Youth Sports Participation Declines Significantly From 2010 to 2014

According to the latest data from the National Sporting Goods Association (NSGA) despite a two percent increase in in the number of 7-17-year-olds from 2010 to 2014, youth participation in sports, fitness, and recreation activities has declined for almost every physical activity during these four years.

Chart 1 below reflects the rather dramatic changes in the number of team sports participants among youth ages seven to seventeen.  Declines were least severe for baseball and tackle football, and most severe for basketball and soccer, contrary to conventional wisdom that contact sports are losing participants at a higher rate than non-contact sports because of injury concerns. The facts below suggest a universal decline in team sports participants regardless of whether the sport is contact or non-contact.



Chart 2 below indicates the trends for outdoor recreation activities between 2010 and 2014. Participation declines were even more dramatic in this category than for the team sports category. The decline among the number of bicycle riders was most significant, while participation in “hunting with firearms” actually increased, although the total number of participants is much lower for this activity than it is for other activities in this category.



Finally, as shown in Chart 3 below, according to the NSGA survey data, youth participation in Exercise/Fitness has declined in all but one activity, “Working Out at Clubs”. Although the declines were most severe for exercising with equipment, aerobic exercising and weightlifting, it is logical to assume that these activities have been transferred from home or school to the “club” for a variety of reasons.



The questions obviously are “what are the causes of these declines”, and how is the sport, recreation and fitness industry addressing them. Since the youth market is a much larger percentage of the overall team sports market than for recreation or fitness, one can assume that team sports equipment makers are more likely to experience reduced revenues than makers of recreation or fitness equipment.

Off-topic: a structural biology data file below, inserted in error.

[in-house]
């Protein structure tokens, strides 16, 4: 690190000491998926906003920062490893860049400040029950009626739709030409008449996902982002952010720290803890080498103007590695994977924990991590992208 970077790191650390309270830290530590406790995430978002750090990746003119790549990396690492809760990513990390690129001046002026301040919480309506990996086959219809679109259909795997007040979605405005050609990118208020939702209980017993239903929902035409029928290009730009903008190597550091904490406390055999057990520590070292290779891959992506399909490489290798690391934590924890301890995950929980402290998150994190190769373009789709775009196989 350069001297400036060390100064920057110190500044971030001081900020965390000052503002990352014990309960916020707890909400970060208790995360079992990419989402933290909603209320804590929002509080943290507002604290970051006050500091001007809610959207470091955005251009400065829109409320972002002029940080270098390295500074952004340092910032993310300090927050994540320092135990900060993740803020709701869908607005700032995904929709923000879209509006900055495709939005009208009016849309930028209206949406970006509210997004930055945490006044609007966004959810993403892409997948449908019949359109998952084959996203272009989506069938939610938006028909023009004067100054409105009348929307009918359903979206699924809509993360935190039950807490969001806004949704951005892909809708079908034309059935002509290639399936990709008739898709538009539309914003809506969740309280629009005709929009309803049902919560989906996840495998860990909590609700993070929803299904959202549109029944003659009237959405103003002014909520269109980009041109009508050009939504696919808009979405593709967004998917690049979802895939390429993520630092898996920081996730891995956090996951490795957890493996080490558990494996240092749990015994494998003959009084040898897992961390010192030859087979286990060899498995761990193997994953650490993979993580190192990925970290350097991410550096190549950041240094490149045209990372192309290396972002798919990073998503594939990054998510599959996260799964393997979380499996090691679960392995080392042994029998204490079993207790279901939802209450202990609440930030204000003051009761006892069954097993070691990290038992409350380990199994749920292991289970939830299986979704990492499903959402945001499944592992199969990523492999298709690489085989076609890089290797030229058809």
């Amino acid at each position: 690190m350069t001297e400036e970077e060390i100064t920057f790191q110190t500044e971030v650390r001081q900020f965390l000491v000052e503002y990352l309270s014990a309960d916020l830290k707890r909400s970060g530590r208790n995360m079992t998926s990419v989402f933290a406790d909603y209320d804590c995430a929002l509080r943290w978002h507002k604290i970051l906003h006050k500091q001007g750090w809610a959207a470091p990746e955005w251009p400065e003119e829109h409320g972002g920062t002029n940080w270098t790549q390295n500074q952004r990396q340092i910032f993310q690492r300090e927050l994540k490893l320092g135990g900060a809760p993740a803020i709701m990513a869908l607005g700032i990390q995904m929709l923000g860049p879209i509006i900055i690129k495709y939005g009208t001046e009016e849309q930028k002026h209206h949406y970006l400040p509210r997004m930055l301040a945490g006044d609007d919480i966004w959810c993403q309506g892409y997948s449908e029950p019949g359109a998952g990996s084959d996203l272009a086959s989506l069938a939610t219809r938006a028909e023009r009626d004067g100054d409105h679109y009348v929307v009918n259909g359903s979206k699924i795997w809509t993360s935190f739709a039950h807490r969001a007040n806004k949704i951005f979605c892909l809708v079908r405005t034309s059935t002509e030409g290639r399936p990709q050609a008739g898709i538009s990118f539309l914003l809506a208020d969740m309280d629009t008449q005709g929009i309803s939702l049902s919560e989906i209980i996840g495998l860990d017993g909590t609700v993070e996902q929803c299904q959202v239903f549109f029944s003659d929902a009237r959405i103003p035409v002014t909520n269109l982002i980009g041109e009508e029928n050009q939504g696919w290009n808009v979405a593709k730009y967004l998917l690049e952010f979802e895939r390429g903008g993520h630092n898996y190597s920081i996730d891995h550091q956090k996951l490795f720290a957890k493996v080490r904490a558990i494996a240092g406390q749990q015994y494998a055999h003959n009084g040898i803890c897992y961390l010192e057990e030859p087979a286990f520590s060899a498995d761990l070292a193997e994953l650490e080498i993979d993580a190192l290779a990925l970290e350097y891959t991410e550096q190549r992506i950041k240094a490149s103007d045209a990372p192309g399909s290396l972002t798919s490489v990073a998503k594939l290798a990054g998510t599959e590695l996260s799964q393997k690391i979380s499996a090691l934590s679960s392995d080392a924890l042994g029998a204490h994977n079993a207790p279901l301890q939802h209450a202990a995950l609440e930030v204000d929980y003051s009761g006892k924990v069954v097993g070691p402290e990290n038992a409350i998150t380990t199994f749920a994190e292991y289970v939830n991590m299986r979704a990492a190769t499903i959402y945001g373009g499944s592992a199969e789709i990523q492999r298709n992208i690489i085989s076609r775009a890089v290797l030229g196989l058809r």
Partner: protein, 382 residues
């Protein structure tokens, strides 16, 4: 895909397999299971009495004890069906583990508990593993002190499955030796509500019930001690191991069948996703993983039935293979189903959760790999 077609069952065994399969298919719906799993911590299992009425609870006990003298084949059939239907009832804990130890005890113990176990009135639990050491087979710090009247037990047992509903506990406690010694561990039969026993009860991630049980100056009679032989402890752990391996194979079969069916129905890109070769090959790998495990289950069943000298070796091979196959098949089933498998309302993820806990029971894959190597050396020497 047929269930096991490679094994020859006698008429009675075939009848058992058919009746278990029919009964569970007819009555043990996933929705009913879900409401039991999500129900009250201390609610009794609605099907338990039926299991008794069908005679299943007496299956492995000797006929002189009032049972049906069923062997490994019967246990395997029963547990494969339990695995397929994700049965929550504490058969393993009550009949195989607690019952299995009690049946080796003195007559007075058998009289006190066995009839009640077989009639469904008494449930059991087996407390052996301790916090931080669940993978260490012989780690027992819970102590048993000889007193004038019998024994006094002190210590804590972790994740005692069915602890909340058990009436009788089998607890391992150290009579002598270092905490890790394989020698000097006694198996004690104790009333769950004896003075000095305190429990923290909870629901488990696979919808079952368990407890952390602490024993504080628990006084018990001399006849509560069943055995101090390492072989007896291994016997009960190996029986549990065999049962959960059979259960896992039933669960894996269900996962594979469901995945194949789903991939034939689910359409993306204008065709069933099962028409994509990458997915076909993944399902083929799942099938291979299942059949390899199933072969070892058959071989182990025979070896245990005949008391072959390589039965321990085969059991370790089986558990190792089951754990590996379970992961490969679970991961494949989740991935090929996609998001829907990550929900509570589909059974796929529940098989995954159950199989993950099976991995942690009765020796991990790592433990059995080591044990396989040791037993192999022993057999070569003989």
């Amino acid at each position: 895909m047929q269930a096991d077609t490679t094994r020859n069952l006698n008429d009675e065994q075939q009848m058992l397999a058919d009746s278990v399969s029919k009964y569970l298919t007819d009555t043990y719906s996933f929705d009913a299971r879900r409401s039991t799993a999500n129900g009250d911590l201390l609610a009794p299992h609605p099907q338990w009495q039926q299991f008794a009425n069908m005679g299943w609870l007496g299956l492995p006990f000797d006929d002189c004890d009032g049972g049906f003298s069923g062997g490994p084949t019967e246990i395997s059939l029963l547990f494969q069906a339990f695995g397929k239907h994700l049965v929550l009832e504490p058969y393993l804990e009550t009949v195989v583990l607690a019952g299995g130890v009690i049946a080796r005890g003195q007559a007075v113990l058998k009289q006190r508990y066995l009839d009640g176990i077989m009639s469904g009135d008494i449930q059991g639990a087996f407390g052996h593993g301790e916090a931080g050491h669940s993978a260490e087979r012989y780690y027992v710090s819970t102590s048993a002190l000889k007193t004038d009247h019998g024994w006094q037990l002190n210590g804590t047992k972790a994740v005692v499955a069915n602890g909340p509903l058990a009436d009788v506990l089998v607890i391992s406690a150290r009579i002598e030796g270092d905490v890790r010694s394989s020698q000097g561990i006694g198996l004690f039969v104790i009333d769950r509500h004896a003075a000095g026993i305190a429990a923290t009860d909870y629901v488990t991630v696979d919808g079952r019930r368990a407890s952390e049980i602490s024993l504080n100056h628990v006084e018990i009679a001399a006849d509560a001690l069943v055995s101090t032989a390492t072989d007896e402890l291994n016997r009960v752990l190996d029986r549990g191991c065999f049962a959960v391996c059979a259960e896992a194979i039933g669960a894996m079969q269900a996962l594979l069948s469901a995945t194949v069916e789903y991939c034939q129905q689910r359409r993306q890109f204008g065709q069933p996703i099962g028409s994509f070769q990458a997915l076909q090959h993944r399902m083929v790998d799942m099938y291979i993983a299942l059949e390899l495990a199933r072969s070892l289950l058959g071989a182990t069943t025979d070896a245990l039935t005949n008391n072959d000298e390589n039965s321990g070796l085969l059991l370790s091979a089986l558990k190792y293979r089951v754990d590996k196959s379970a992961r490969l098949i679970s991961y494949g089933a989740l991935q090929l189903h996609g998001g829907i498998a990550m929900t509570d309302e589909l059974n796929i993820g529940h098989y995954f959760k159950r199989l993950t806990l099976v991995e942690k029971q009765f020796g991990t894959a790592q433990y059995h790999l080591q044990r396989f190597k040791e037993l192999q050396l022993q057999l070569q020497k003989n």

Given that participation in youth sports has declined across many activities, it is suggestive that these declines may be a representation of broader cultural and economic changes, such as reductions in school and local recreation department budgets for physical education and sport.

One possible influence on declining youth sports participation could be the significant increase of 13-17 olds in fantasy sports activities, as reported in SBRnet’s 2014 Fan Market Study. The table below reflects dramatic increases in fantasy sports activity between 2013 and 2014 by teens ages 13-17.



We have developed several questions for classroom discussion relating to these significant sport and physical activity participation trends:

  • How much can the decline in sport and recreation participation be attributed the increase in the cost of sports equipment, products, and services?
  • To what extent is it the reduction of local government and school sponsored sport and recreational activities the result of reduced local budgets? Do you think that it is appropriate for youth sport and recreation participants to be required to pay for their sport and recreation programs?
  • To what extent can the decline in sport and recreation activity be attributed to young people spending significantly more time playing video games and fantasy sports?
  • If the decline continues, what does it mean, if anything, for the future of the sports fan market?



 

Posted: 7/6/2015 10:08:52 AM

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